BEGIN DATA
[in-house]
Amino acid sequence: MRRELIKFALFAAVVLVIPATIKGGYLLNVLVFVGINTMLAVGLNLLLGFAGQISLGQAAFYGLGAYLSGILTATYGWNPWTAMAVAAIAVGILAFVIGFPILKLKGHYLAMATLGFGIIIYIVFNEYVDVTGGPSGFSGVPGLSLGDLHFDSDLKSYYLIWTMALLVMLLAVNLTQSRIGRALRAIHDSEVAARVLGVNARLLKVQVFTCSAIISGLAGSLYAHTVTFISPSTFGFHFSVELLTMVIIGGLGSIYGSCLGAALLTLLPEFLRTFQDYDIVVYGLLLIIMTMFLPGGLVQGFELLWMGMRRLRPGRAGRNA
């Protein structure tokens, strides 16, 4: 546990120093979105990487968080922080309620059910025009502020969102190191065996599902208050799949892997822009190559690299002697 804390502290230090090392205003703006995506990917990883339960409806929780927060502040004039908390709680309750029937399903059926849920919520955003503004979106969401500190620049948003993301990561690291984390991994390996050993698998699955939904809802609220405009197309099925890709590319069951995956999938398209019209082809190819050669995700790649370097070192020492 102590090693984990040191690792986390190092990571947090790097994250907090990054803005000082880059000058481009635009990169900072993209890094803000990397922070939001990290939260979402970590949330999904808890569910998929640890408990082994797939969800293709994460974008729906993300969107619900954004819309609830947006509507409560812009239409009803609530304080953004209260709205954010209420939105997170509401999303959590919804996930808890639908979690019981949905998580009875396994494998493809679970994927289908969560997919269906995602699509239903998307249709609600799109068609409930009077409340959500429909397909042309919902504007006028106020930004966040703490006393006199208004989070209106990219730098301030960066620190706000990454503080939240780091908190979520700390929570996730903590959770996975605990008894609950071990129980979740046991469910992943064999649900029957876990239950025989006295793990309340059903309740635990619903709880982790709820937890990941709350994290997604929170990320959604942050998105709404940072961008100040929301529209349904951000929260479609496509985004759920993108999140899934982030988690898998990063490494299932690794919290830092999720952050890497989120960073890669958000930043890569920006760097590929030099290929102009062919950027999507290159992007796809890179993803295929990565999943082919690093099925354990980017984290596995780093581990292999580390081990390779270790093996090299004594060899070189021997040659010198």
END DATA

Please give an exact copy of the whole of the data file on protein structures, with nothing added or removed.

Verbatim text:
[in-house]
Amino acid sequence: MRRELIKFALFAAVVLVIPATIKGGYLLNVLVFVGINTMLAVGLNLLLGFAGQISLGQAAFYGLGAYLSGILTATYGWNPWTAMAVAAIAVGILAFVIGFPILKLKGHYLAMATLGFGIIIYIVFNEYVDVTGGPSGFSGVPGLSLGDLHFDSDLKSYYLIWTMALLVMLLAVNLTQSRIGRALRAIHDSEVAARVLGVNARLLKVQVFTCSAIISGLAGSLYAHTVTFISPSTFGFHFSVELLTMVIIGGLGSIYGSCLGAALLTLLPEFLRTFQDYDIVVYGLLLIIMTMFLPGGLVQGFELLWMGMRRLRPGRAGRNA
């Protein structure tokens, strides 16, 4: 546990120093979105990487968080922080309620059910025009502020969102190191065996599902208050799949892997822009190559690299002697 804390502290230090090392205003703006995506990917990883339960409806929780927060502040004039908390709680309750029937399903059926849920919520955003503004979106969401500190620049948003993301990561690291984390991994390996050993698998699955939904809802609220405009197309099925890709590319069951995956999938398209019209082809190819050669995700790649370097070192020492 102590090693984990040191690792986390190092990571947090790097994250907090990054803005000082880059000058481009635009990169900072993209890094803000990397922070939001990290939260979402970590949330999904808890569910998929640890408990082994797939969800293709994460974008729906993300969107619900954004819309609830947006509507409560812009239409009803609530304080953004209260709205954010209420939105997170509401999303959590919804996930808890639908979690019981949905998580009875396994494998493809679970994927289908969560997919269906995602699509239903998307249709609600799109068609409930009077409340959500429909397909042309919902504007006028106020930004966040703490006393006199208004989070209106990219730098301030960066620190706000990454503080939240780091908190979520700390929570996730903590959770996975605990008894609950071990129980979740046991469910992943064999649900029957876990239950025989006295793990309340059903309740635990619903709880982790709820937890990941709350994290997604929170990320959604942050998105709404940072961008100040929301529209349904951000929260479609496509985004759920993108999140899934982030988690898998990063490494299932690794919290830092999720952050890497989120960073890669958000930043890569920006760097590929030099290929102009062919950027999507290159992007796809890179993803295929990565999943082919690093099925354990980017984290596995780093581990292999580390081990390779270790093996090299004594060899070189021997040659010198």